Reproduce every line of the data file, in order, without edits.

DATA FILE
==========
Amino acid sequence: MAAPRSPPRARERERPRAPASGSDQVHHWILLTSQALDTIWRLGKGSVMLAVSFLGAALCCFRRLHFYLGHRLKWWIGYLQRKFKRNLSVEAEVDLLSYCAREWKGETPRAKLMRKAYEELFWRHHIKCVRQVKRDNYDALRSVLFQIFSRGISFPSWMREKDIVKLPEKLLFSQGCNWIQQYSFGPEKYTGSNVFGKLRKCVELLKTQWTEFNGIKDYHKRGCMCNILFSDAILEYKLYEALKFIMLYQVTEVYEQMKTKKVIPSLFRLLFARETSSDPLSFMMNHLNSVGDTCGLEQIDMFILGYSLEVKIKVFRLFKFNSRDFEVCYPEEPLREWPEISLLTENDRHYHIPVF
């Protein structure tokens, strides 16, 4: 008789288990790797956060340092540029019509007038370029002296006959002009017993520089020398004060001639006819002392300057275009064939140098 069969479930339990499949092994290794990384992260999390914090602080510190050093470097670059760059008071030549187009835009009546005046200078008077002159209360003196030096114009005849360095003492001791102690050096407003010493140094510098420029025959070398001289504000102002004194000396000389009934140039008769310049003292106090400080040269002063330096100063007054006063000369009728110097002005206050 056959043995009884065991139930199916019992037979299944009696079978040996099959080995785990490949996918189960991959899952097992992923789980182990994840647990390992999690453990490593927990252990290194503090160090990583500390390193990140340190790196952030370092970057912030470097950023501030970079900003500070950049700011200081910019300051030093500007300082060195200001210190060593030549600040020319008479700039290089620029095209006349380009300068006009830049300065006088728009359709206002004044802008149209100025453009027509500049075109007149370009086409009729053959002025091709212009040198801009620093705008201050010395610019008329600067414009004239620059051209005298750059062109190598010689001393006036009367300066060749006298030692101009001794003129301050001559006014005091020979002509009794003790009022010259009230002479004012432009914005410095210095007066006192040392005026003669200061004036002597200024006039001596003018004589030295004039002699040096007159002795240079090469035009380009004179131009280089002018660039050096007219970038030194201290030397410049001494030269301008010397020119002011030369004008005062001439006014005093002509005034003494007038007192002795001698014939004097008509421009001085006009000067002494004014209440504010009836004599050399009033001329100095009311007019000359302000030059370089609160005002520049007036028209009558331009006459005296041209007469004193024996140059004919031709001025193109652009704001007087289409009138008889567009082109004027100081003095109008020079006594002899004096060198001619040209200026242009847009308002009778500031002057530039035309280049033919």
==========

Amino acid sequence: MAAPRSPPRARERERPRAPASGSDQVHHWILLTSQALDTIWRLGKGSVMLAVSFLGAALCCFRRLHFYLGHRLKWWIGYLQRKFKRNLSVEAEVDLLSYCAREWKGETPRAKLMRKAYEELFWRHHIKCVRQVKRDNYDALRSVLFQIFSRGISFPSWMREKDIVKLPEKLLFSQGCNWIQQYSFGPEKYTGSNVFGKLRKCVELLKTQWTEFNGIKDYHKRGCMCNILFSDAILEYKLYEALKFIMLYQVTEVYEQMKTKKVIPSLFRLLFARETSSDPLSFMMNHLNSVGDTCGLEQIDMFILGYSLEVKIKVFRLFKFNSRDFEVCYPEEPLREWPEISLLTENDRHYHIPVF
């Protein structure tokens, strides 16, 4: 008789288990790797956060340092540029019509007038370029002296006959002009017993520089020398004060001639006819002392300057275009064939140098 069969479930339990499949092994290794990384992260999390914090602080510190050093470097670059760059008071030549187009835009009546005046200078008077002159209360003196030096114009005849360095003492001791102690050096407003010493140094510098420029025959070398001289504000102002004194000396000389009934140039008769310049003292106090400080040269002063330096100063007054006063000369009728110097002005206050 056959043995009884065991139930199916019992037979299944009696079978040996099959080995785990490949996918189960991959899952097992992923789980182990994840647990390992999690453990490593927990252990290194503090160090990583500390390193990140340190790196952030370092970057912030470097950023501030970079900003500070950049700011200081910019300051030093500007300082060195200001210190060593030549600040020319008479700039290089620029095209006349380009300068006009830049300065006088728009359709206002004044802008149209100025453009027509500049075109007149370009086409009729053959002025091709212009040198801009620093705008201050010395610019008329600067414009004239620059051209005298750059062109190598010689001393006036009367300066060749006298030692101009001794003129301050001559006014005091020979002509009794003790009022010259009230002479004012432009914005410095210095007066006192040392005026003669200061004036002597200024006039001596003018004589030295004039002699040096007159002795240079090469035009380009004179131009280089002018660039050096007219970038030194201290030397410049001494030269301008010397020119002011030369004008005062001439006014005093002509005034003494007038007192002795001698014939004097008509421009001085006009000067002494004014209440504010009836004599050399009033001329100095009311007019000359302000030059370089609160005002520049007036028209009558331009006459005296041209007469004193024996140059004919031709001025193109652009704001007087289409009138008889567009082109004027100081003095109008020079006594002899004096060198001619040209200026242009847009308002009778500031002057530039035309280049033919």